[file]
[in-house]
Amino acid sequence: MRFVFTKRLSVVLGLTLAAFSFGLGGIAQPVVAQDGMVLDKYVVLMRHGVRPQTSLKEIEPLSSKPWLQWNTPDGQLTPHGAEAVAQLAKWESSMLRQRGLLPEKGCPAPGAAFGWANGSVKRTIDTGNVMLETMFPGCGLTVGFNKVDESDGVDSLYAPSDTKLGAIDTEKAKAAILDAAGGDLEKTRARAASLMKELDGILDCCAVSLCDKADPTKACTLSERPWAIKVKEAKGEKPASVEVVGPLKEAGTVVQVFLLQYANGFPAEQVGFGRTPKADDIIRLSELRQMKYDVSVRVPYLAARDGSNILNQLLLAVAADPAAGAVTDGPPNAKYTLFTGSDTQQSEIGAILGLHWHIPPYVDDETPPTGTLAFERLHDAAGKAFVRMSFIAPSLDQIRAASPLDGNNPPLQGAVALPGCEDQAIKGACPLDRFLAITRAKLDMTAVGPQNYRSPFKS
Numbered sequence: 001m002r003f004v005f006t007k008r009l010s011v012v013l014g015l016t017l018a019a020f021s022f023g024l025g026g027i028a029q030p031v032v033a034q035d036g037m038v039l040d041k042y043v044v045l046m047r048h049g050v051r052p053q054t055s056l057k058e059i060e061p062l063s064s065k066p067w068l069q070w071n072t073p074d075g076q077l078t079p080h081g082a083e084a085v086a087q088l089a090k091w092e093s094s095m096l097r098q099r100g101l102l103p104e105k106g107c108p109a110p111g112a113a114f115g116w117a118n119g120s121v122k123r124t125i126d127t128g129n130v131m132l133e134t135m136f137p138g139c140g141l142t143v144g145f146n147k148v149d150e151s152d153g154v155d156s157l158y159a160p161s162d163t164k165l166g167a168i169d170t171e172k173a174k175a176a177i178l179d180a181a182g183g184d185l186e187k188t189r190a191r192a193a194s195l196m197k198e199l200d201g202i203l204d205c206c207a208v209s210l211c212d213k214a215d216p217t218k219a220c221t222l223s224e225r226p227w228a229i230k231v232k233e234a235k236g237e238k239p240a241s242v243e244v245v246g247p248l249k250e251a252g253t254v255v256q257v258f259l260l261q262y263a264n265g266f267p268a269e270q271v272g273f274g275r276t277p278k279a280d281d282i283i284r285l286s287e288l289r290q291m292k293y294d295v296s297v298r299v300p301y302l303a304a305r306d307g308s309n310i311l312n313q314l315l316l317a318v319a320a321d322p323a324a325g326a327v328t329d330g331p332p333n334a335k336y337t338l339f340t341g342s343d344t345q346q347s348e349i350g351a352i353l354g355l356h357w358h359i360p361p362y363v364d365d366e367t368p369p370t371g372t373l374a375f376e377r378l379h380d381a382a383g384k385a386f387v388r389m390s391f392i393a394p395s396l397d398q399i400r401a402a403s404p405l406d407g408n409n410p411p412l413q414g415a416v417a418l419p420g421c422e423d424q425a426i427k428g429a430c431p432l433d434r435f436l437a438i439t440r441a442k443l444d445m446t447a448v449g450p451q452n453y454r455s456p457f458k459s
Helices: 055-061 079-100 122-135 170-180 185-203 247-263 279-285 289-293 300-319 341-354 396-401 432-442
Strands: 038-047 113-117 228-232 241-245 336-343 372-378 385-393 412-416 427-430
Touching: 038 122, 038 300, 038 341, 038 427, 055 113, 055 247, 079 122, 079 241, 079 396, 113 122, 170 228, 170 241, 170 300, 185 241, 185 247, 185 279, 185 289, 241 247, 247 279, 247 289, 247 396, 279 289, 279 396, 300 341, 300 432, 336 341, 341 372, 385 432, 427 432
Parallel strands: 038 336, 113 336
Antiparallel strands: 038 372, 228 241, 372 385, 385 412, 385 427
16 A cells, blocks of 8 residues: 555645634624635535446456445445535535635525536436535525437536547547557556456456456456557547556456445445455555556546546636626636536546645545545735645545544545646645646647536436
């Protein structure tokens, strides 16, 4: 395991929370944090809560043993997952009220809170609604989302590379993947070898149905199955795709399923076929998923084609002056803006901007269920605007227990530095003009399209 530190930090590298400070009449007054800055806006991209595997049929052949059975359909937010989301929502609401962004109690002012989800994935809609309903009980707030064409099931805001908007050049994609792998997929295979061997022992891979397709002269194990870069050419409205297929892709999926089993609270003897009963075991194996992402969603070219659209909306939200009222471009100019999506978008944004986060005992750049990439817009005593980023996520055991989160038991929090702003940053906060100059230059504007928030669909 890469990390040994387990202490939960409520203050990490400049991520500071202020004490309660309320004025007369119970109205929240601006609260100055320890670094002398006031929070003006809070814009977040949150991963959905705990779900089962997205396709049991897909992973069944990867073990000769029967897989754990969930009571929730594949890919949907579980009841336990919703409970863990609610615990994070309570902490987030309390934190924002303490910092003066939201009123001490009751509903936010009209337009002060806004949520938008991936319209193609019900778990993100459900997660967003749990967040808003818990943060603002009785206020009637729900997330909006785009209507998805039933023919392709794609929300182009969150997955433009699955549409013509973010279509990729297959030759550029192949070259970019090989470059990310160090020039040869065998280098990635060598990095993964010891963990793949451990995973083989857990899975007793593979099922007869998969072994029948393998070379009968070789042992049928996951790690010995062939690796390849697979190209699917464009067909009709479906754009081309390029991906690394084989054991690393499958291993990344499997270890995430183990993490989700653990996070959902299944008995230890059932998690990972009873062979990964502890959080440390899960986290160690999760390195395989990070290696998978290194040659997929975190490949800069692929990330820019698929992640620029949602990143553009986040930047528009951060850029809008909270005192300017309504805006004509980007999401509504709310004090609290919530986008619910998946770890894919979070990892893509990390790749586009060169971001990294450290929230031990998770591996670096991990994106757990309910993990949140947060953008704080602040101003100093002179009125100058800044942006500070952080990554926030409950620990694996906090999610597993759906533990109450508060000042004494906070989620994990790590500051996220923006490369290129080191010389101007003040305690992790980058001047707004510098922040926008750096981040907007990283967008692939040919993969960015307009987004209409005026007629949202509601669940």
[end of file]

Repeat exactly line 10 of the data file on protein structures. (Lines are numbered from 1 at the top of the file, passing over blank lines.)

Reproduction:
């Protein structure tokens, strides 16, 4: 395991929370944090809560043993997952009220809170609604989302590379993947070898149905199955795709399923076929998923084609002056803006901007269920605007227990530095003009399209 530190930090590298400070009449007054800055806006991209595997049929052949059975359909937010989301929502609401962004109690002012989800994935809609309903009980707030064409099931805001908007050049994609792998997929295979061997022992891979397709002269194990870069050419409205297929892709999926089993609270003897009963075991194996992402969603070219659209909306939200009222471009100019999506978008944004986060005992750049990439817009005593980023996520055991989160038991929090702003940053906060100059230059504007928030669909 890469990390040994387990202490939960409520203050990490400049991520500071202020004490309660309320004025007369119970109205929240601006609260100055320890670094002398006031929070003006809070814009977040949150991963959905705990779900089962997205396709049991897909992973069944990867073990000769029967897989754990969930009571929730594949890919949907579980009841336990919703409970863990609610615990994070309570902490987030309390934190924002303490910092003066939201009123001490009751509903936010009209337009002060806004949520938008991936319209193609019900778990993100459900997660967003749990967040808003818990943060603002009785206020009637729900997330909006785009209507998805039933023919392709794609929300182009969150997955433009699955549409013509973010279509990729297959030759550029192949070259970019090989470059990310160090020039040869065998280098990635060598990095993964010891963990793949451990995973083989857990899975007793593979099922007869998969072994029948393998070379009968070789042992049928996951790690010995062939690796390849697979190209699917464009067909009709479906754009081309390029991906690394084989054991690393499958291993990344499997270890995430183990993490989700653990996070959902299944008995230890059932998690990972009873062979990964502890959080440390899960986290160690999760390195395989990070290696998978290194040659997929975190490949800069692929990330820019698929992640620029949602990143553009986040930047528009951060850029809008909270005192300017309504805006004509980007999401509504709310004090609290919530986008619910998946770890894919979070990892893509990390790749586009060169971001990294450290929230031990998770591996670096991990994106757990309910993990949140947060953008704080602040101003100093002179009125100058800044942006500070952080990554926030409950620990694996906090999610597993759906533990109450508060000042004494906070989620994990790590500051996220923006490369290129080191010389101007003040305690992790980058001047707004510098922040926008750096981040907007990283967008692939040919993969960015307009987004209409005026007629949202509601669940």